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An Overview of Tax Considerations in Dealing With Mineral Interests Owned by a Closely Held Corporation

Robert J. Welter, Mineral Taxation (1977)

In general, the tax rules with respect to the acquisition and disposition of mineral interests are not a function of the type of taxpayer which owns the interests. The tax consequences with respect to the acquisition and disposition of mineral interests discussed in the other papers are applicable to individuals, corporations, partnerships and trusts. The special tax considerations in dealing with mineral interests owned by closely held corporations, which is the subject of this paper, result from the desire to have the funds from the disposition of the interests go to the shareholders even though the properties are owned by the corporation. It is this desire that necessitates careful planning of any disposition of mineral interests by a corporation. The tax problem is how to get the funds from the disposition of the corporate properties to the shareholders with the payment of the least tax.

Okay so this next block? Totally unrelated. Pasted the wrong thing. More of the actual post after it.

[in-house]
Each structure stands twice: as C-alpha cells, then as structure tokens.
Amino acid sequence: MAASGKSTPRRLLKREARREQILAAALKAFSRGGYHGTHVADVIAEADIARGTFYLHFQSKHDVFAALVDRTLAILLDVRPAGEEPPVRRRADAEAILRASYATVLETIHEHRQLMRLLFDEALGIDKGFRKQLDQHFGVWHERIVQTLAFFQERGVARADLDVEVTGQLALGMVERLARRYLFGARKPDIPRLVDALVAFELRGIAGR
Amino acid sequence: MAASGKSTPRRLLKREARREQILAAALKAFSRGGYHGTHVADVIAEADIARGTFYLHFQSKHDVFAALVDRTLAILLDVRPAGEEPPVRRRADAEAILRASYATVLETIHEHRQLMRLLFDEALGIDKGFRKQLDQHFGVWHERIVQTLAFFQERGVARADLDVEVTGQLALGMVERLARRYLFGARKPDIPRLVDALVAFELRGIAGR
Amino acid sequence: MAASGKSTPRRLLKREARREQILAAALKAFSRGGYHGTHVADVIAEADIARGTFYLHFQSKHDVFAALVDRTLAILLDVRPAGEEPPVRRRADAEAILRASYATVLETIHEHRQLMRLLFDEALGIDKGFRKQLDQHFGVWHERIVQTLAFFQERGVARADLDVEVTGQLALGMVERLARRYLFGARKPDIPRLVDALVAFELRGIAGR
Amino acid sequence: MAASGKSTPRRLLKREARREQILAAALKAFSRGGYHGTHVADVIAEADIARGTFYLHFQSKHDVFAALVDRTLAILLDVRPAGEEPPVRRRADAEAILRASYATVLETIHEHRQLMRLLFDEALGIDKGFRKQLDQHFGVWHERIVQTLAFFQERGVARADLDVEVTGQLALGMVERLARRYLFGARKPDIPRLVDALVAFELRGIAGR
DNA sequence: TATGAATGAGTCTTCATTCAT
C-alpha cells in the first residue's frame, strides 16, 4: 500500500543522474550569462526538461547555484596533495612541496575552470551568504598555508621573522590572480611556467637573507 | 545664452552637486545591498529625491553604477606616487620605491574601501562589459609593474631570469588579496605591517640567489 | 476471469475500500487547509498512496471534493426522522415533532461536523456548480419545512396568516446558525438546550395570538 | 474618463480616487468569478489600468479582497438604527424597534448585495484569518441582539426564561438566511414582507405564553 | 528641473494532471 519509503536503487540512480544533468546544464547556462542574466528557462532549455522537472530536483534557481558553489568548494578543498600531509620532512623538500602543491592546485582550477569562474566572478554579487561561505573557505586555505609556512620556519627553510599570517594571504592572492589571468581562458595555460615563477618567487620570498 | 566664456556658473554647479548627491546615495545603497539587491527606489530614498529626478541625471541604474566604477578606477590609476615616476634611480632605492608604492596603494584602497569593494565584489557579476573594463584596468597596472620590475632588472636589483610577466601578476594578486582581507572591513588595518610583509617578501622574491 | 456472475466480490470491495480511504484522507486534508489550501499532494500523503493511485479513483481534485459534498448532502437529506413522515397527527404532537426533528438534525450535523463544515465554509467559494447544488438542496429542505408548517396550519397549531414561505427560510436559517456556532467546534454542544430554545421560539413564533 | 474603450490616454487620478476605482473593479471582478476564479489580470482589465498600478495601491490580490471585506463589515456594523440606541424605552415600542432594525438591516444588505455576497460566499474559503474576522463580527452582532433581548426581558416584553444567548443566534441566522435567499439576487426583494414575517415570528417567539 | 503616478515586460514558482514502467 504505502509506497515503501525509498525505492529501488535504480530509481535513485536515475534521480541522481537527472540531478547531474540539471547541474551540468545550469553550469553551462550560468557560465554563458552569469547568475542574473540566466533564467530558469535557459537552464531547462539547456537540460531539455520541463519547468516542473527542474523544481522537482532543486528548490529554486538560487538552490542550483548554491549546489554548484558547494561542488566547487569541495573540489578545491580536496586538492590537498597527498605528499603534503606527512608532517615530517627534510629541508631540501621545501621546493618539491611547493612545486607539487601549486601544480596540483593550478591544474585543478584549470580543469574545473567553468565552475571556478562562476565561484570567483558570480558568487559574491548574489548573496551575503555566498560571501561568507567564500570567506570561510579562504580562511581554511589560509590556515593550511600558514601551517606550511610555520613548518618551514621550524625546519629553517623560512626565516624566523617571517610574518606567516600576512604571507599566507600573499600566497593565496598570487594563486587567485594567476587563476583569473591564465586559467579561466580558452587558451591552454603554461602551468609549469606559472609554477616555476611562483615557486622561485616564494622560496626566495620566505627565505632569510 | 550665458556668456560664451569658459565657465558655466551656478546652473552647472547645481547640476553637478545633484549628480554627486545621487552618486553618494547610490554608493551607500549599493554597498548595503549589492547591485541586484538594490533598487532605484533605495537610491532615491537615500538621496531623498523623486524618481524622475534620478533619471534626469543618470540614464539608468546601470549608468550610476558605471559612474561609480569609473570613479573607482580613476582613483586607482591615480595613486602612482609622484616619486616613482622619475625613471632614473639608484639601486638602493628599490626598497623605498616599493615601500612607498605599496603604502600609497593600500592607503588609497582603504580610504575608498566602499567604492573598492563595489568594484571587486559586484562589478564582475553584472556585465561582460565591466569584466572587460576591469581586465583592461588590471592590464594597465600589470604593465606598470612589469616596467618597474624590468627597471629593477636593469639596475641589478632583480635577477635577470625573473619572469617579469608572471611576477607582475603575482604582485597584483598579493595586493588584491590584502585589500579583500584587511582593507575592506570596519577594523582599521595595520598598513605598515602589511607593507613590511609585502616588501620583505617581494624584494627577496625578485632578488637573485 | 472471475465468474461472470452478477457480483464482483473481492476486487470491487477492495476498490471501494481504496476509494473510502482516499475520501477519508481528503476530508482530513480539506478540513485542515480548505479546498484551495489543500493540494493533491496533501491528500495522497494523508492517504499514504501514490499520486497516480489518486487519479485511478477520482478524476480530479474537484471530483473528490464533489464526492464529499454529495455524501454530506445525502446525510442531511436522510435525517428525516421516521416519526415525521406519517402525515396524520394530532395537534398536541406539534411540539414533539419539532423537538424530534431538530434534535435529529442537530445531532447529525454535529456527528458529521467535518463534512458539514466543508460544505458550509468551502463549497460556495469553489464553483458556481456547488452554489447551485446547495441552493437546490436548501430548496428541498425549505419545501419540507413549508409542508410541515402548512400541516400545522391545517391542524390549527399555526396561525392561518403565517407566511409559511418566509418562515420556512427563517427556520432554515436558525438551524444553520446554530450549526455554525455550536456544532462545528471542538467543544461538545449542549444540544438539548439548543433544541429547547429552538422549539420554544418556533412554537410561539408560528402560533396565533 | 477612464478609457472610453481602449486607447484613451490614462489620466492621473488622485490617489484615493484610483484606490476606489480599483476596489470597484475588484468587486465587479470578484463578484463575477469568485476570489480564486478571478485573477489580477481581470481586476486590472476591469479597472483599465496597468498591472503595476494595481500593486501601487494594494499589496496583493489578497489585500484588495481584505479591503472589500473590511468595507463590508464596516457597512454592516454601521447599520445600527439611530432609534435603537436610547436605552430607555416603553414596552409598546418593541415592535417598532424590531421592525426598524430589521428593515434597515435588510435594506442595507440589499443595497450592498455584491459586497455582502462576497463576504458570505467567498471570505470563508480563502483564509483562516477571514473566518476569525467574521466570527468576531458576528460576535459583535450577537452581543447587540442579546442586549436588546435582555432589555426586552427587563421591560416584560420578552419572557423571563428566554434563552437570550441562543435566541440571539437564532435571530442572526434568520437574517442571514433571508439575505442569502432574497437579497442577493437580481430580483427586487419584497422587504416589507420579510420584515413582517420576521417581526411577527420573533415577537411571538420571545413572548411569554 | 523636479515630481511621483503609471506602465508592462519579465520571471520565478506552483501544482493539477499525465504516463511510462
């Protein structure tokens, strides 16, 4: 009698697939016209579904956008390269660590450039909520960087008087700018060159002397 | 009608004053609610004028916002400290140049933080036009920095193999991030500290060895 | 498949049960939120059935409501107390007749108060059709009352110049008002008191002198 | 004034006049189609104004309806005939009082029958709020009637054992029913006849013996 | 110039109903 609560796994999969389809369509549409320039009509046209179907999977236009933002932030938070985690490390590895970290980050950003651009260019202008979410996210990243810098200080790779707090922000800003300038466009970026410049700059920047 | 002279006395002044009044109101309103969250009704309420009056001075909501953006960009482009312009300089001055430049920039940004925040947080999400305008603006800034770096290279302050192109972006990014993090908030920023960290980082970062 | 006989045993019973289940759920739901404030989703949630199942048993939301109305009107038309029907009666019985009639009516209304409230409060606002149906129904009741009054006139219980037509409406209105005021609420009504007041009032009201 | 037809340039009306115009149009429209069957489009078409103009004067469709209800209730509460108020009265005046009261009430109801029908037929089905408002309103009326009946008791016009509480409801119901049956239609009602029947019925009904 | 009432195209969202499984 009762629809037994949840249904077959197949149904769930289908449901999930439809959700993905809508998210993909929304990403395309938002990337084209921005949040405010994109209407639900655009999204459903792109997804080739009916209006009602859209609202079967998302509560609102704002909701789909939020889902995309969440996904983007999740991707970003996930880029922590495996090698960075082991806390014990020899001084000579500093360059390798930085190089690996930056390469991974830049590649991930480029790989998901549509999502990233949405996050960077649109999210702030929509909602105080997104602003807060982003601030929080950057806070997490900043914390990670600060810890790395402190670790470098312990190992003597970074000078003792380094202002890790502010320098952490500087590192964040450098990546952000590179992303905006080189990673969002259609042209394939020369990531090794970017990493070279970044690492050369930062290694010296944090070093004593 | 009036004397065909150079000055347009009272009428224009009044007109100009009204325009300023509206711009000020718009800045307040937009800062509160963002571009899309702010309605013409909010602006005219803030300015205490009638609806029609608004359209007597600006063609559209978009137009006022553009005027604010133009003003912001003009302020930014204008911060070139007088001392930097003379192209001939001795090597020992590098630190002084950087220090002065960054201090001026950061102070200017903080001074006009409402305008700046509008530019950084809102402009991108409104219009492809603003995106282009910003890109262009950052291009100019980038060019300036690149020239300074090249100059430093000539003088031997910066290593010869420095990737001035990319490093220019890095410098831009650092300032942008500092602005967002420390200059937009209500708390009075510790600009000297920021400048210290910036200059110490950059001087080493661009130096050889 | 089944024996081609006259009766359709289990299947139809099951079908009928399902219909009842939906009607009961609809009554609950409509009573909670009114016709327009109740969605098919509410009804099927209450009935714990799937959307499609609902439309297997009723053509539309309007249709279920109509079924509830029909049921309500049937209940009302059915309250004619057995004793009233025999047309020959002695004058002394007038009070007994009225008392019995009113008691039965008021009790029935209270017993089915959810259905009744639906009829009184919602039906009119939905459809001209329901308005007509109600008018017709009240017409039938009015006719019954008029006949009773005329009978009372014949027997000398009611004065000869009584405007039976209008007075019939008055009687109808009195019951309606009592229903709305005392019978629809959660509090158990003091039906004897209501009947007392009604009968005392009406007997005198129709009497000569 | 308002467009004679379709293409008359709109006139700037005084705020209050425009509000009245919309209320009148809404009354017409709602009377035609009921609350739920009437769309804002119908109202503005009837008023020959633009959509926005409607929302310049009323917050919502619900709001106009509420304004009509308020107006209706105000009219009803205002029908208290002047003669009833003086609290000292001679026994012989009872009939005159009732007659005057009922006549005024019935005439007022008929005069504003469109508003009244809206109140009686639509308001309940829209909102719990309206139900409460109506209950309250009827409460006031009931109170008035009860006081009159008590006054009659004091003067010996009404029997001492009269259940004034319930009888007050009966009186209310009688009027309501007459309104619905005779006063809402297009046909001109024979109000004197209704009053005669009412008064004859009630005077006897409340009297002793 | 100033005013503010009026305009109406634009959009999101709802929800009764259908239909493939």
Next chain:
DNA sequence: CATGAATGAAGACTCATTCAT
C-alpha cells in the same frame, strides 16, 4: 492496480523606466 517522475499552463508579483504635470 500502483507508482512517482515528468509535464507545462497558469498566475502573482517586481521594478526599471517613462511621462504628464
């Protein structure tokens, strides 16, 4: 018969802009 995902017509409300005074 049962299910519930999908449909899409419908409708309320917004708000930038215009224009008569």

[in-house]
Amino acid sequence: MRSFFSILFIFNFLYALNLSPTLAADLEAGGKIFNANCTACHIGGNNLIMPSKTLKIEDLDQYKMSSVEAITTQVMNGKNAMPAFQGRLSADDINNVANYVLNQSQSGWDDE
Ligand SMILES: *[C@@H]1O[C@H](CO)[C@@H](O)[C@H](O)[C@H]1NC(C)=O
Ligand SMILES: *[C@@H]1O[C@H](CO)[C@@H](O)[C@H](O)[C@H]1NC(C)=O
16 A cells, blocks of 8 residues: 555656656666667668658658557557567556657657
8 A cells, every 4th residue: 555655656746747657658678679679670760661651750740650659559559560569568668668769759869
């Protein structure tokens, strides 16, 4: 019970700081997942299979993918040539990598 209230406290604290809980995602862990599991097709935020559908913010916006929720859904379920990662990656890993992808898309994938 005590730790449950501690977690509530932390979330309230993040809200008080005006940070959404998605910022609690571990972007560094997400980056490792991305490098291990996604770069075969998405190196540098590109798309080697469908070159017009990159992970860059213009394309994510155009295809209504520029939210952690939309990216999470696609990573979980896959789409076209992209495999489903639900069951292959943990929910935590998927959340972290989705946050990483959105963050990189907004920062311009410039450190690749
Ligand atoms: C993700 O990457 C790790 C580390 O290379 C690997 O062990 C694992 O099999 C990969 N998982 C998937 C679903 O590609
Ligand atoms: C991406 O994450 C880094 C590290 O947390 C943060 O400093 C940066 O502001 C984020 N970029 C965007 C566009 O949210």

The following hypothetical fact situation will be referred to frequently in discussing these tax considerations:

— Corporation A is owned by husband and wife.

— The total cash investment of the shareholders in the stock of the corporation is $50,000.

— The major asset of Corporation A is land which may contain substantial coal and uranium deposits.

— The corporation's balance sheet is as follows:

Assets $100,000
Liabilities 25,000